A further significant process parameter in applying the present invention is the duration of time during which the elements 6 and 7 are in contact with the plastic substrates. In the presently preferred embodiment, the time is about 2 seconds. A significant time in contact is necessary, as noted above, to permit the plastic material at the edges of the fill hole to heat up and become sufficiently plastic to create a good weld. However, the present invention can also be applied with welding durations as short as 1/2 second, or even shorter, depending on the thickness and the material composition of the plastic substrates used. Maximum weld duration is limited by process efficiency, and by the possibility of excessive large-scale melting if extremely long contact times are used.
The pressure applied on the elements 6 and 7 when they first contact the plastic material will typically be on the order of magnitude of one ounce. However, a wide range of pressures may be used. After the elements 6 and 7 have come into contact with each other, the pressure applied has no relevance to the quality of the weld formed.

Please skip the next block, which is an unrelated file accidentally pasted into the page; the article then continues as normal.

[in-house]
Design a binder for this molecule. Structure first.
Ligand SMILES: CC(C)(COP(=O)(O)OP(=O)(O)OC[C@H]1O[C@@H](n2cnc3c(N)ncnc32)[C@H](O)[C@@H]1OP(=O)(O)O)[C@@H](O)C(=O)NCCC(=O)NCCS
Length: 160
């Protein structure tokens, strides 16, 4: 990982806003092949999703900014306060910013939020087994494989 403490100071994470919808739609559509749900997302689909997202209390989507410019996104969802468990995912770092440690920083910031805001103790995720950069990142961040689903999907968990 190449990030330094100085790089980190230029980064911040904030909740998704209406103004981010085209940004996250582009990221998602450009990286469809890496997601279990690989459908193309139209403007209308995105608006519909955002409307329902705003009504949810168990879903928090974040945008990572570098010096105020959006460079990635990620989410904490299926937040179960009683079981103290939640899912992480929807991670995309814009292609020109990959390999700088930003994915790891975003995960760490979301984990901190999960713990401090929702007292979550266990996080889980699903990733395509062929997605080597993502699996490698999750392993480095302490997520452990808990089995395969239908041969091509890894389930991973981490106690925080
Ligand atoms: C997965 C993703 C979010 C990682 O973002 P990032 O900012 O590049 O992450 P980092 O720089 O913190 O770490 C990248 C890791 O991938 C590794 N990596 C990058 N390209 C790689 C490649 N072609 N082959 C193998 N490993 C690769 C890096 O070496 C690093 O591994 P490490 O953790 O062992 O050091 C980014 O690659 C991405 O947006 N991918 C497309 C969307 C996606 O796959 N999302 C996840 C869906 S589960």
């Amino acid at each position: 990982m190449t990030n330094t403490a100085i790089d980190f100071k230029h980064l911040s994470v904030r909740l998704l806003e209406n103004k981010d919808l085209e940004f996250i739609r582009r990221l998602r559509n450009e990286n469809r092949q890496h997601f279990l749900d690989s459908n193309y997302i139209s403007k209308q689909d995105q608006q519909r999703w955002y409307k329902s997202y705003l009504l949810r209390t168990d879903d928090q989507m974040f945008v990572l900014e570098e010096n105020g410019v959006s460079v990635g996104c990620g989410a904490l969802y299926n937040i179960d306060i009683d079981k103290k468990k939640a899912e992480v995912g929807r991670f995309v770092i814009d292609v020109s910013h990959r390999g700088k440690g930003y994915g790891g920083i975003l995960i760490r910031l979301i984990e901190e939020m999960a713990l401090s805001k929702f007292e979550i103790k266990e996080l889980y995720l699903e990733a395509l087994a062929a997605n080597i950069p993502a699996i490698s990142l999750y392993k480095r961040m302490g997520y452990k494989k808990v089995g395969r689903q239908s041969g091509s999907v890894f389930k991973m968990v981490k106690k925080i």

The surfaces of the elements 6 and 7 are typically coated with a thin layer of molten plastic, of the same kind as composes the plastic substrates. This is done to assist thermal contact by wetting, and assure uniform conduction of heat into the critical region around the fill hole.
In the presently preferred embodiment, the center of the elements 6 and 7 is aligned with the edge of the plastic substrates. This has the advantage that the molten polyester displaced by the center of the tips of the elements is not moved to protrude beyond the edge of the displayed device. It also has the advantage that the device can be removed from the welding apparatus before the elements have separated, which is convenient in automated manufacturing environments. However, where it is desired not to use peripheral space of the plastic device, it is also possible to construct a device having a fill hole in its center, or at least remote from its periphery, and to apply the present invention to welding of a centrally located fill hole. In this case, the preferred alternative embodiment is to use a small additional piece of plastic, located over the fill hole, to supply makeup material, and to use only one curved heated electrode to form a weld between this small additional piece of plastic and the region of the substrate surrounding the fill hole. Alternatively, the two substrates can be welded together, using two elements as discussed above.
As seen in FIG. 4, the end result of fill hole sealing according the present invention will normally be a thinned area of the display, surrounded by a raised bead where the weld has been formed.